For the average user an electric knife sharpener will produce a great result
Sharpening knives isn’t easy, and for many people an electric knife sharpener may well be a good option. For the average user an electric knife sharpener will produce a great result. Lets look at how electric knife sharpeners work and what options you have if you would like to consider this type of sharpener.
Whilst a simple stone may well be a good solution that is very effective at sharpening your knife and is also, in many cases, cost-effective, an electric knife sharpener will produce a consistent result for you unlike the result you are likely to get learning to use a stone, at least at the beginning.
The beauty of an electric sharpener is that it is easy to use and is consistent. Most electric sharpeners work in stages, commonly either 2 or 3 stages. When switched on the device will circulate a diamond grinder which is used to bevel the knife where the knife is significantly dull. This will produce a basic bevel which can be worked on in the later stages.
When producing this bevel it’s very important to keep the knife at the right angle, commonly around 20 degrees. This is one of the difficulties found by people learning to hand sharpen knives on a stone, for example. Keeping the knife at the right angle, by hand, is not easy and takes significant practice.
An electric sharpener on the other hand has guides, and often magnets, which will allow an inexperienced user to maintain the right angle throughout the sharpening process. This produces an effective result even for people not experienced in sharpening knives. This is one of the major advantages of electric knife sharpeners (and some other non-electric sharpeners as well).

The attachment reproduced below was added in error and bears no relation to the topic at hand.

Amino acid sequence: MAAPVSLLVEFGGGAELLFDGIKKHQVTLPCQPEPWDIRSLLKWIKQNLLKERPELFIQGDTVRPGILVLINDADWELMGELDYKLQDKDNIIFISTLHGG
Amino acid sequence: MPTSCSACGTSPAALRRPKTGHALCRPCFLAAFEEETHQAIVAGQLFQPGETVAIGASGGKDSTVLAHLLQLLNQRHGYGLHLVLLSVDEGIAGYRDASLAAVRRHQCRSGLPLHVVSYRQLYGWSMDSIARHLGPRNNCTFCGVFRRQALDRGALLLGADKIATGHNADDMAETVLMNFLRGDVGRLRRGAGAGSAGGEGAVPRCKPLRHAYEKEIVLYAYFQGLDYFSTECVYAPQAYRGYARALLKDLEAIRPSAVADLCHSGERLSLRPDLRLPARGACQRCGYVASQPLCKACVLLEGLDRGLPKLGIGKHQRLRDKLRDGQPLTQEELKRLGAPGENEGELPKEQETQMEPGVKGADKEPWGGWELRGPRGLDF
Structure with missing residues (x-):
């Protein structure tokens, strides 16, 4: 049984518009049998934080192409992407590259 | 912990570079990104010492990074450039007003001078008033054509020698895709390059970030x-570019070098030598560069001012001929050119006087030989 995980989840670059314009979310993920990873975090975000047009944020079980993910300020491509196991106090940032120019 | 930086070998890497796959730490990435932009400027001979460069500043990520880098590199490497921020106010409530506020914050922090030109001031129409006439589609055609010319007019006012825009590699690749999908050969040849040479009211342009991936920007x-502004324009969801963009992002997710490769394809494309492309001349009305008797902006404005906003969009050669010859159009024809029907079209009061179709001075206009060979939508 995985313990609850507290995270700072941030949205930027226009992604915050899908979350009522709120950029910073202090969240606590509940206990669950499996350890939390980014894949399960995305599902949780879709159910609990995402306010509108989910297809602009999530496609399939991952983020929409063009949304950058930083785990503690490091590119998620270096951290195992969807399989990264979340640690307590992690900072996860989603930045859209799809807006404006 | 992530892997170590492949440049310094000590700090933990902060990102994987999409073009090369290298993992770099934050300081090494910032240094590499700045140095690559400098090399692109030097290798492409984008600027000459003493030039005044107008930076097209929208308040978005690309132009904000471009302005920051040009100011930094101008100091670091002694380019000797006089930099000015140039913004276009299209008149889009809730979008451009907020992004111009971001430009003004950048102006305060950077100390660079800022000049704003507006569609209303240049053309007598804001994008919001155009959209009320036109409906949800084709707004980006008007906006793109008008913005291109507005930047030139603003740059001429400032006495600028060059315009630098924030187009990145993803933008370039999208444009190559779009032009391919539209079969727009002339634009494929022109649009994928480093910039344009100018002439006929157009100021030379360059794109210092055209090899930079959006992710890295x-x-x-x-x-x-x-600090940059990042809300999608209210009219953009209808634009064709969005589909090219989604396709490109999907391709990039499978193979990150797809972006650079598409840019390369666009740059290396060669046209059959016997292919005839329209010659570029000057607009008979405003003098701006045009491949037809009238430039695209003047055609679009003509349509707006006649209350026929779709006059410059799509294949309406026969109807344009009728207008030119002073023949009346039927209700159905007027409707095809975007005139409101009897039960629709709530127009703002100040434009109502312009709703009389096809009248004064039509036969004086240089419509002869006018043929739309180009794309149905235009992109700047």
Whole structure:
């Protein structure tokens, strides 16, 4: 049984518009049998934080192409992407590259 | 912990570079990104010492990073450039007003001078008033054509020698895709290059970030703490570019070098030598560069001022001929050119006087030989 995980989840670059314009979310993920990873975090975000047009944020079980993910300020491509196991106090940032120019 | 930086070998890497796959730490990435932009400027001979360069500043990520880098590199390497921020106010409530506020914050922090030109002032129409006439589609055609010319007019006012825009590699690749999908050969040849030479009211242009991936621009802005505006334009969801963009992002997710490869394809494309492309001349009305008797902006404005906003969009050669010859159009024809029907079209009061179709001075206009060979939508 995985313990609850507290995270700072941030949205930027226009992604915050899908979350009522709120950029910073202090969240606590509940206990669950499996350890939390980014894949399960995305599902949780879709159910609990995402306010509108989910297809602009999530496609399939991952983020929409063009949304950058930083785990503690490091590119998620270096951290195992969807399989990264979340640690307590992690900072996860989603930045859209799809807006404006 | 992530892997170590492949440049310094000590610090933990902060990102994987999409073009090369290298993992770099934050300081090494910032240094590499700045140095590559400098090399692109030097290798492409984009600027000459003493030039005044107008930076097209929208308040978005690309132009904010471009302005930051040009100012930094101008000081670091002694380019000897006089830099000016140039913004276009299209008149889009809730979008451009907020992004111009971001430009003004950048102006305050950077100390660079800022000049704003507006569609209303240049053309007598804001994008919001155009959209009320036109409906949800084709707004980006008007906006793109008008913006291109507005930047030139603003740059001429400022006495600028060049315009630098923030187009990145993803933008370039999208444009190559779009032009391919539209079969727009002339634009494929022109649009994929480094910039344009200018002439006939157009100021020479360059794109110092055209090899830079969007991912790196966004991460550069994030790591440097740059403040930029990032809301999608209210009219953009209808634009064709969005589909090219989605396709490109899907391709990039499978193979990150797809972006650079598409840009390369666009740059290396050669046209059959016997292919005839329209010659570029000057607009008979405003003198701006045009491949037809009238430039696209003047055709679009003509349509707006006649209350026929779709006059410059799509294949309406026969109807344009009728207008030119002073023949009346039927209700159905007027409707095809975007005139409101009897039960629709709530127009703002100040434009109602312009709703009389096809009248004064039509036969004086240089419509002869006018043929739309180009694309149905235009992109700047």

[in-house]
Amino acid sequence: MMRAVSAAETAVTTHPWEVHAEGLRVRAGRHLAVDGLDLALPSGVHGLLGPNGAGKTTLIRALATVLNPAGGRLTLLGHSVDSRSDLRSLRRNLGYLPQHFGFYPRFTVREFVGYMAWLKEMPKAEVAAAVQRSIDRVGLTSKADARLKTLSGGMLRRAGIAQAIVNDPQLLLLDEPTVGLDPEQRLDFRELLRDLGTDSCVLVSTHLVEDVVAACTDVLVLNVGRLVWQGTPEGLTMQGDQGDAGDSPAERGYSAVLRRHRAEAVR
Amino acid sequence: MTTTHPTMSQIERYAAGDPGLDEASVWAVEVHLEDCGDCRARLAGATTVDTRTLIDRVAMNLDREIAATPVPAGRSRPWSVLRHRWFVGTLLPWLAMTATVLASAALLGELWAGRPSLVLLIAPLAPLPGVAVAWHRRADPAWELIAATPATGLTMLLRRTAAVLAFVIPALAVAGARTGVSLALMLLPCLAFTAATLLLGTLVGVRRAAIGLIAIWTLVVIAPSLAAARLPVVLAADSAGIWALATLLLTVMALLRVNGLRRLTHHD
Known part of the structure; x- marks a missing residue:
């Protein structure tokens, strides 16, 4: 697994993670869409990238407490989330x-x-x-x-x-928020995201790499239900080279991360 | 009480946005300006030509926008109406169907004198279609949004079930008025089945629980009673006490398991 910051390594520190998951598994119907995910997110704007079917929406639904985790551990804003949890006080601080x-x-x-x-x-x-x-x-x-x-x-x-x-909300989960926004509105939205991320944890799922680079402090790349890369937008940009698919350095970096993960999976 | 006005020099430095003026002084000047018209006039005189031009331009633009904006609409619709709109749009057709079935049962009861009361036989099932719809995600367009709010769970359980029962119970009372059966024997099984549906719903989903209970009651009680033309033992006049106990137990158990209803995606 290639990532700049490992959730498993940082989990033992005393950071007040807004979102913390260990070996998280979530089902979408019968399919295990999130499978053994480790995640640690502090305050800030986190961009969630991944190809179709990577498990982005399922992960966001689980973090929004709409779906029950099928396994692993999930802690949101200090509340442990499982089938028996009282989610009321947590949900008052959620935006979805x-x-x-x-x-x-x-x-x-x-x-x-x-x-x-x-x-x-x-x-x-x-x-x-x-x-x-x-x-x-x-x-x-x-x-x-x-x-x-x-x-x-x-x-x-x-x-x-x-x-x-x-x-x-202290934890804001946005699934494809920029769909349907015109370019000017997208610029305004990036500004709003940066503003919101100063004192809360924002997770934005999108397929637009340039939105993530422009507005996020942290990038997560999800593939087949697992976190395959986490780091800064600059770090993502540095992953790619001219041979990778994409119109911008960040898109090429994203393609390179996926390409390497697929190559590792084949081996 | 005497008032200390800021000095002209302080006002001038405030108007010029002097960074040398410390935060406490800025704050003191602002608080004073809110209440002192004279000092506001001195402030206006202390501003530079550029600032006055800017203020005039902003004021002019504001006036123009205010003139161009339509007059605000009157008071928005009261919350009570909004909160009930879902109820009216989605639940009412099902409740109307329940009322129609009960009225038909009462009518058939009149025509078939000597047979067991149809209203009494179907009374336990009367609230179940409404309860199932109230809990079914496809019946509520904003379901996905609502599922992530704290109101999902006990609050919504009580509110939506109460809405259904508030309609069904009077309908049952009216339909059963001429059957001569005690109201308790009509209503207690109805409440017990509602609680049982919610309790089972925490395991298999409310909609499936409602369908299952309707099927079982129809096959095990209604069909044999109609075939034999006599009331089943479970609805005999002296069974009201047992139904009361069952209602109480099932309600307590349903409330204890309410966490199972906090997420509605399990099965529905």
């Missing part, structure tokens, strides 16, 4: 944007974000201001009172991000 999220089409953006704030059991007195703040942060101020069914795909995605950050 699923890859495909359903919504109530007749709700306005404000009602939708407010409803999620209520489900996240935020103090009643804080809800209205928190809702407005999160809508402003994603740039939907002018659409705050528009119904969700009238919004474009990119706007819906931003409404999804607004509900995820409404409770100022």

And many have 2 sides to each stage, left and right. Commonly you will alternate between drawing the knife through the left, then the right side to grind evenly. Some will only feature a single slot where the grinder grinds both sides of the knife at the same time.
The first stage produces the basic bevel and the second stage fine tunes the bevel with a finer grit. In some cases the first stage, being a coarse grit, can produce some scratches on the surface of the knife and the second stage, being finer will help remove these scratches.
The third stage, or what can be a second stage in some sharpeners, is effectively a honing stage, putting the final edge on the knife, and this is usually done mechanically rather than electrically.
If you have a particularly dull knife you begin at the first stage to reproduce a bevel angle. However where your knife has been recently dulled and is not seriously turned over then a quick go with the third stage will hone your knife to a good edge. This is what you’re doing when you are using a honing steel on a knife. And just like using honing steels, if you do it regularly and don’t allow your knife to become too dull then this is all that is required most of the time.
So if you’ve bought an electric knife sharpener remember you don’t need to use the first stage all the time if you regularly hone the knife using later stages. You only need to use the first stage where your knife has become significantly dull and needs grinding.
We should mention here that most electric knife sharpeners are made to sharpen European knives, which are the most common types of knives that you are most likely to have in your kitchen. European knives are different to what are sometimes called Asian knives or Japanese knives, and not all electric sharpeners work on Asian or Japanese knives. That’s because on European knives the bevel angle is commonly around 20 degrees, whilst for Asian knives to bevel angle is narrower at around 15 degrees.
There are however specific electric sharpeners made that will work on Asian knives, particularly some of the Chef’s Choice sharpeners such as the Chef’s Choice 1520 Angle Select Diamond Hone Sharpener. This model, however, is considerably more expensive and not necessary unless you use both types of knives.
The Positives of Electric Sharpeners
1. The best models used diamond abrasives. Diamond is the hardest substance and is the best abrasive to sharpen a knife.